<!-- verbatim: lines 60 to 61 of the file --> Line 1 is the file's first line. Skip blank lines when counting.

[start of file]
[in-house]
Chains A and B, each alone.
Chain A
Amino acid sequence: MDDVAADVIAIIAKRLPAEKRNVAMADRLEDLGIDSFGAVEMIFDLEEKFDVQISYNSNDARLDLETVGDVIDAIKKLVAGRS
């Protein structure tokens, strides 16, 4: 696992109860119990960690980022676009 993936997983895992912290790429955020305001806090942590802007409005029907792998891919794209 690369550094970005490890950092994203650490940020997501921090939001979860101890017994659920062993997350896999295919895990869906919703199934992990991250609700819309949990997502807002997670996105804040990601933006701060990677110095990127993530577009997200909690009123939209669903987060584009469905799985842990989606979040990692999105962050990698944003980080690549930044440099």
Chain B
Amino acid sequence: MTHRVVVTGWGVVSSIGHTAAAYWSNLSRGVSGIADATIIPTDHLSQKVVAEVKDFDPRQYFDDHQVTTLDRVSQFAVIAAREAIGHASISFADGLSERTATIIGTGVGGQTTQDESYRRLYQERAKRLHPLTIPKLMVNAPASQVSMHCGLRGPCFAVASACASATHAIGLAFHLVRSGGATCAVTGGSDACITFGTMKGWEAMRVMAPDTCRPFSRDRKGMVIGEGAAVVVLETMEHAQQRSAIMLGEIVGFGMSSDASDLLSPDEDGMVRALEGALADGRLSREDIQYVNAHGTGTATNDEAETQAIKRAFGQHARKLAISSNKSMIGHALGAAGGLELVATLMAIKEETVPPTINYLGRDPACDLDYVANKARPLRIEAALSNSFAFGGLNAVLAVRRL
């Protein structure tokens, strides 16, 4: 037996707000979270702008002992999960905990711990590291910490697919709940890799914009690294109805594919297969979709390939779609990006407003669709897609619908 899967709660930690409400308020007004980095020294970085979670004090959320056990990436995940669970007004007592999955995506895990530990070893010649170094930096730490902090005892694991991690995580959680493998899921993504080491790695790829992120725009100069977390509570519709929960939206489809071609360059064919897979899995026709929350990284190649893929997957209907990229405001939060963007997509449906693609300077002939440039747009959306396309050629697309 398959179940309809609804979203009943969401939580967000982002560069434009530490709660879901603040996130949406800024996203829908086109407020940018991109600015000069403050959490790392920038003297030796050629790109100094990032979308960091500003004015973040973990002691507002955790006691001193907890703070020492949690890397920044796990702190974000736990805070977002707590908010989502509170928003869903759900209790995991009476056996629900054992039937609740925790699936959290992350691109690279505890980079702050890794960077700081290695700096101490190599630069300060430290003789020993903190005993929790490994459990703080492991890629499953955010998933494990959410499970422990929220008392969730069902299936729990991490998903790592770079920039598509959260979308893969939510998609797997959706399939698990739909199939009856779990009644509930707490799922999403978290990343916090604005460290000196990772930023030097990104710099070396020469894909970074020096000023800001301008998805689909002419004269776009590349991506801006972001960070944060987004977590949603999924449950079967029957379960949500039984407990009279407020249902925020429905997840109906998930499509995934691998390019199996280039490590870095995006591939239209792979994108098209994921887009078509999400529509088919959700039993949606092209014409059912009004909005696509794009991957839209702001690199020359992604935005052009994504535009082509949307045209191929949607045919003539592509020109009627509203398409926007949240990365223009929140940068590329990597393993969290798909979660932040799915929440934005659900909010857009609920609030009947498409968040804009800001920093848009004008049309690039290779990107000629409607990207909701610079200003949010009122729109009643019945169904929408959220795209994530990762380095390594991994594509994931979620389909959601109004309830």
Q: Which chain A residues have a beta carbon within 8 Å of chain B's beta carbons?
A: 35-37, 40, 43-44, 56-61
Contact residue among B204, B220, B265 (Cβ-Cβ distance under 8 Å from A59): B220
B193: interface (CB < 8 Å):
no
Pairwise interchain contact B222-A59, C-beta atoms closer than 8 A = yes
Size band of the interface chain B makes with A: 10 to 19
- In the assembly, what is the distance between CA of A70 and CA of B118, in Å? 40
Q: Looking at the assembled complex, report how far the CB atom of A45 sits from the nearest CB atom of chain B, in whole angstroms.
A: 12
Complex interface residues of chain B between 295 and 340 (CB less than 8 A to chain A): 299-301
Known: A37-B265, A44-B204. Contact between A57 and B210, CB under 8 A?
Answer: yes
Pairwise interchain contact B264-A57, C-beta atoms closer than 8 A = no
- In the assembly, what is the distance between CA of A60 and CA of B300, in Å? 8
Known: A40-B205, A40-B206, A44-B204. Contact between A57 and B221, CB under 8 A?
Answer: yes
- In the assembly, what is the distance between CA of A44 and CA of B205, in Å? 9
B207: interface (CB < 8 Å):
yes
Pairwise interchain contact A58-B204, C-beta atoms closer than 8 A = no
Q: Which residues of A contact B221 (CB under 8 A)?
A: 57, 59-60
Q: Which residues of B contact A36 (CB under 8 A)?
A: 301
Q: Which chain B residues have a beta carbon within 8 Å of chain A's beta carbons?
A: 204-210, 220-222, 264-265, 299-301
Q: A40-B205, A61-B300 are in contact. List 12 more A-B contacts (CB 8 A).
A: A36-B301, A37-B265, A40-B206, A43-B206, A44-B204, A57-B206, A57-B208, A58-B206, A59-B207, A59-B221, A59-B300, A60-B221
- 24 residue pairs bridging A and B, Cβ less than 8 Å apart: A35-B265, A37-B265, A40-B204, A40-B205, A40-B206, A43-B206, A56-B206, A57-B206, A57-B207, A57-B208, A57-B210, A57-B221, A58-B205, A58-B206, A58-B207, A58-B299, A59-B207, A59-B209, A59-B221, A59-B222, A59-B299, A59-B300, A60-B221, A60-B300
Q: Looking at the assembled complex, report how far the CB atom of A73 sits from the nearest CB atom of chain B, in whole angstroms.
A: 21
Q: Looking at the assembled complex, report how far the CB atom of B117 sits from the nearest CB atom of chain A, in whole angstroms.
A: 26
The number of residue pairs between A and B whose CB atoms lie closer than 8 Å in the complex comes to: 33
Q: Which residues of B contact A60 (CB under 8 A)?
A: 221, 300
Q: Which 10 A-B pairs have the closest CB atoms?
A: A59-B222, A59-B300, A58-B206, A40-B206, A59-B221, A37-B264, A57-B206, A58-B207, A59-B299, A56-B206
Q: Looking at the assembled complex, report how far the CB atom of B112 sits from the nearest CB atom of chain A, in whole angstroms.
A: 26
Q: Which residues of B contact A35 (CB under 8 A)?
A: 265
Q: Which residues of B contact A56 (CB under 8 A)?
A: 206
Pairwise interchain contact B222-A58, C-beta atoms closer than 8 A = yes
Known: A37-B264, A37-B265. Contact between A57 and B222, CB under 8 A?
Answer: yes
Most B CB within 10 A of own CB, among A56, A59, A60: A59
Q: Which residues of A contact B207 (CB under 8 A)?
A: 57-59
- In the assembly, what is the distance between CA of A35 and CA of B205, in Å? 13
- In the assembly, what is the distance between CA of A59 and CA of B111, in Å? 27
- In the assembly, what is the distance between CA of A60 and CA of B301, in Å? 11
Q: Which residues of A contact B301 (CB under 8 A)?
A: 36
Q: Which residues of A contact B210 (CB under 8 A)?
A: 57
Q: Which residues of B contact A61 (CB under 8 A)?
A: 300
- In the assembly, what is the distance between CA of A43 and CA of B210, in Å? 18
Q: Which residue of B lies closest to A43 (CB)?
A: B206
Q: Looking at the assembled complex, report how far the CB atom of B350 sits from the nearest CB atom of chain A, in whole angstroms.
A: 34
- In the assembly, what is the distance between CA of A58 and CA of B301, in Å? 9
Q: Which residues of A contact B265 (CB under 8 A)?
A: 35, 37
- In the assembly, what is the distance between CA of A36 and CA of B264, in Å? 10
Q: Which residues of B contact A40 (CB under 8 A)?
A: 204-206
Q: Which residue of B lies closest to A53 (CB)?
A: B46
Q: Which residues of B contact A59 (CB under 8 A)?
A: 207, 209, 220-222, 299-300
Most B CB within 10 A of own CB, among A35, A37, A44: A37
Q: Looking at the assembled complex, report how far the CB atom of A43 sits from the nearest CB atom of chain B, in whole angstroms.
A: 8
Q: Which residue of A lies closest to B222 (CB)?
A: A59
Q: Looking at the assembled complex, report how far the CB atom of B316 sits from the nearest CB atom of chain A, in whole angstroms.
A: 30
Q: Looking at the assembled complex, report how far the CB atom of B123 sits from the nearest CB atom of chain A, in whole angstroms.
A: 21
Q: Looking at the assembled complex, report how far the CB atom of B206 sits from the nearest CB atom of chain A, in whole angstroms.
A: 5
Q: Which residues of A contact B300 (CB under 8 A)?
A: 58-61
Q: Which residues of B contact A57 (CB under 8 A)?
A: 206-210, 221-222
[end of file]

- In the assembly, what is the distance between CA of A35 and CA of B205, in Å? 13
- In the assembly, what is the distance between CA of A59 and CA of B111, in Å? 27